Blow to Google and online retailers’ use of personal data

In the recent decision of Google Inc. v Judith Vidal-Hall and others [2015] EWCA Civ 311, the High Court has found in favour of 3 UK individuals in respect of their claim against US-based Google Inc.

The decision involves a claim that Google exploited Apple Safari’s web browser security settings to install cookies in order to track Safari’s online user behaviour without their consent.

The blow to Google could have huge consequences as the Court potentially paves the way for claims for mere distress in addition to the usual pecuniary damages available for such Data Protection Act 1998 claims. Such subjective claims could cause huge headaches for data controllers everywhere as “distressed” online users (who haven’t otherwise suffered a financial loss) are suddenly able to claim compensation.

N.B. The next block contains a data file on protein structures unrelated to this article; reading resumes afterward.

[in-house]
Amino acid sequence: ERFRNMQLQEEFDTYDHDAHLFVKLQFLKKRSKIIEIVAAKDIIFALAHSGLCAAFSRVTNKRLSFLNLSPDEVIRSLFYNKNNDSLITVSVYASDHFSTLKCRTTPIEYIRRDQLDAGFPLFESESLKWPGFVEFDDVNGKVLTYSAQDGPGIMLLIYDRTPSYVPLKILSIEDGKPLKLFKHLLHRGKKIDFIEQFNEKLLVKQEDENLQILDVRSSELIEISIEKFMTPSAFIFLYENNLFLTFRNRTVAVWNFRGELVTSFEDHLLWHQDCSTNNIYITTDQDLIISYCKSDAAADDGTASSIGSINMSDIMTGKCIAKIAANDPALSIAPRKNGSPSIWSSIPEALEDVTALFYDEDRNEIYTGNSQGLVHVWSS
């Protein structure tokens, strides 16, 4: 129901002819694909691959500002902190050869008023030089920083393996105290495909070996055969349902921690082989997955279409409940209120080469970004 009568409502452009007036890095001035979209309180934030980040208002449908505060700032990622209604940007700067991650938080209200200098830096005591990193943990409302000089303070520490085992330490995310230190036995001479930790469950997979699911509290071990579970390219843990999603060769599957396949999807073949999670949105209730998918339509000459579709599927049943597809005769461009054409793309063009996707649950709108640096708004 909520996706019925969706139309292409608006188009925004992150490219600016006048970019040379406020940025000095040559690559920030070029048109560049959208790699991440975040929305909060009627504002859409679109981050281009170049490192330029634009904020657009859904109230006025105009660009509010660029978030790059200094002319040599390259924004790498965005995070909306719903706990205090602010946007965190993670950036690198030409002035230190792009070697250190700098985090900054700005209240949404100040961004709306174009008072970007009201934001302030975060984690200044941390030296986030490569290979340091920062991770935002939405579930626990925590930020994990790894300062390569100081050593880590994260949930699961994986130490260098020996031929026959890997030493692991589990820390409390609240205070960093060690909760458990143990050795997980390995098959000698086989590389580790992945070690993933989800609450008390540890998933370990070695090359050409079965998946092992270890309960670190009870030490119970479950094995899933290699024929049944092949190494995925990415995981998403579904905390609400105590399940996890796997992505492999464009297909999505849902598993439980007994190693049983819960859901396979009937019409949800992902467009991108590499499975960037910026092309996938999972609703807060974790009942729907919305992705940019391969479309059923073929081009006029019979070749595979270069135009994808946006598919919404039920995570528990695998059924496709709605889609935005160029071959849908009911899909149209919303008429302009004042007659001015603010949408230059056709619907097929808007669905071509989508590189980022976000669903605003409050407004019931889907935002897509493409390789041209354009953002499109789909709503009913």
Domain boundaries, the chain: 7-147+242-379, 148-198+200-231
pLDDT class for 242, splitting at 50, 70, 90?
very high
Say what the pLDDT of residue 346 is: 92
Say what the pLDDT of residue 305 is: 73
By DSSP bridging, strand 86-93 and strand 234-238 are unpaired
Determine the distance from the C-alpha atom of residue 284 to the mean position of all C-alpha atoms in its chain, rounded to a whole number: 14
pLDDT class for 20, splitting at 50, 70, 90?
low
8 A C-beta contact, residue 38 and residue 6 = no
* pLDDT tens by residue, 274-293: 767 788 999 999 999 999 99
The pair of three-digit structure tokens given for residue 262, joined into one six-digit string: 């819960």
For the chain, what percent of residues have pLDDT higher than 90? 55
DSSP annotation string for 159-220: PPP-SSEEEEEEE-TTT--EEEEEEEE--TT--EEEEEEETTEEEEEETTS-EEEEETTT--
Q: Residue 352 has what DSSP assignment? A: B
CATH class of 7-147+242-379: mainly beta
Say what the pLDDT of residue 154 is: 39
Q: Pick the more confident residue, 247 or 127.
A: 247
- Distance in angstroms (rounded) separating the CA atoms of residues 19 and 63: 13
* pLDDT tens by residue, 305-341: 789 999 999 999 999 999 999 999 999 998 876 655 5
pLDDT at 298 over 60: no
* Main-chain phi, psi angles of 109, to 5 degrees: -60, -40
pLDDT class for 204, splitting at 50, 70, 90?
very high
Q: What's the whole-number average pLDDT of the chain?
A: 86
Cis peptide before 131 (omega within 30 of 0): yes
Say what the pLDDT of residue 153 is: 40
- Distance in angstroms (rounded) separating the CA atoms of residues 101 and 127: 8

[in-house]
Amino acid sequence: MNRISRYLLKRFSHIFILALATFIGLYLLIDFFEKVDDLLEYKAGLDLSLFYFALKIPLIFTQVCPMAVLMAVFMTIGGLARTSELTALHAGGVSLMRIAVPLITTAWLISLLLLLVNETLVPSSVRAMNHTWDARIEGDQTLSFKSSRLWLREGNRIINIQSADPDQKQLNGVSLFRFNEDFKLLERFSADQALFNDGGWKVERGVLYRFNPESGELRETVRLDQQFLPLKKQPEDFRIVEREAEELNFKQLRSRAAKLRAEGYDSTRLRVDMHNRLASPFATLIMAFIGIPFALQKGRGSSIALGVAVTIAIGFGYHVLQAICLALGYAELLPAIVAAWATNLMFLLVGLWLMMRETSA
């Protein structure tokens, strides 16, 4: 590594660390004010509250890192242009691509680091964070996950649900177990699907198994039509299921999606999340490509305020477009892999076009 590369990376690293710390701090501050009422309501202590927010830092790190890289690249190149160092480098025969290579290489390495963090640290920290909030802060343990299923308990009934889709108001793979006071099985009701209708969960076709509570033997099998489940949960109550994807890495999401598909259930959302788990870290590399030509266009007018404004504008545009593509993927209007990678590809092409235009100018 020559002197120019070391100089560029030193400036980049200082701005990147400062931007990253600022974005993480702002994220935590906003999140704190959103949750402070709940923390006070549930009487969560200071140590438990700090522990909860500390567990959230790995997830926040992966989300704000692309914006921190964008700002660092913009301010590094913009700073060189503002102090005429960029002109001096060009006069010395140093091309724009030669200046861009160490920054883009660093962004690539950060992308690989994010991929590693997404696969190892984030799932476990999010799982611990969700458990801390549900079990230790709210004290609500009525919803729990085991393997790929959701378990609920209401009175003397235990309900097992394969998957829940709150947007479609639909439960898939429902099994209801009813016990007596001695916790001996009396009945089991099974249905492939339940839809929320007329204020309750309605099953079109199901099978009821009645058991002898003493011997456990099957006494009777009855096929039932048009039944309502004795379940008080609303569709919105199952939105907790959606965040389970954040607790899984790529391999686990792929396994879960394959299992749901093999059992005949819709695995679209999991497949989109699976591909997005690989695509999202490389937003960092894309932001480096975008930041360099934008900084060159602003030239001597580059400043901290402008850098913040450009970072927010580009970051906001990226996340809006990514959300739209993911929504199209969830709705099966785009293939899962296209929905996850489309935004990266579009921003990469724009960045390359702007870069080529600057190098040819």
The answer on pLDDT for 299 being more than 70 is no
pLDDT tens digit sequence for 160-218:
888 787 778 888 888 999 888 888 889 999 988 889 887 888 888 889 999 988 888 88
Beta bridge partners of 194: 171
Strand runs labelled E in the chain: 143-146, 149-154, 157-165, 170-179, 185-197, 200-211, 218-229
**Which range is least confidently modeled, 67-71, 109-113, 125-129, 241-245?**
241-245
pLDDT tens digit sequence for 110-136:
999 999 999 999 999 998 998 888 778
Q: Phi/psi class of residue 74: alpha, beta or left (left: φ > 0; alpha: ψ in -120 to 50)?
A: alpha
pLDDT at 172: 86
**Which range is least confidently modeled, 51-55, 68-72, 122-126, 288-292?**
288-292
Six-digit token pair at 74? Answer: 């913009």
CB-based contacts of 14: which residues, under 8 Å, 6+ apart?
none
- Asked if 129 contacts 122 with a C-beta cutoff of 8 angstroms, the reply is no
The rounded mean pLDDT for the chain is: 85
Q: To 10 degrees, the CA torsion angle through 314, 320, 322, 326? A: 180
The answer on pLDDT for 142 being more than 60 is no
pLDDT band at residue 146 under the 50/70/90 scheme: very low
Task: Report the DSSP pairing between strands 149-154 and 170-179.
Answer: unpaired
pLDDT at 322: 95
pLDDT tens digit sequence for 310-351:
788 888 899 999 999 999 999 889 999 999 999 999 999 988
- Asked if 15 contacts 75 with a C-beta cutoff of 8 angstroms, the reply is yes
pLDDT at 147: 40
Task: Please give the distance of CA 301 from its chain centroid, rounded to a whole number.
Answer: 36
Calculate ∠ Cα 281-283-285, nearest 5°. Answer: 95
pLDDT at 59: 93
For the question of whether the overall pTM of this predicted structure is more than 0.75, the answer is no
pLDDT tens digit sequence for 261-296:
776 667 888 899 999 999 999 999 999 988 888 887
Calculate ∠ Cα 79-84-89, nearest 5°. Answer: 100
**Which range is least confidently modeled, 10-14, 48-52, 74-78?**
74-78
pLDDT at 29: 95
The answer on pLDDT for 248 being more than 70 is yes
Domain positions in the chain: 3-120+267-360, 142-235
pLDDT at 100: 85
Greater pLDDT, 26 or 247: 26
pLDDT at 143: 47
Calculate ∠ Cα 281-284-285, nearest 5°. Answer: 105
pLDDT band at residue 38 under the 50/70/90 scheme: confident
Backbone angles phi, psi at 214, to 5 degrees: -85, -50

The decision also raises the question as to whether behavioural data collected by third party cookies is “personal” data, even when it fails to directly identify an individual. Online retailers will need to be careful with any personal data that they come into contact with as the digital landscape slowly changes.

By way of procedural background, the proceedings arose because of the need to serve Proceedings out of the jurisdiction on Google in the US and there is yet to be full trial, which will now take place in England, unless Google can successfully appeal the decision.

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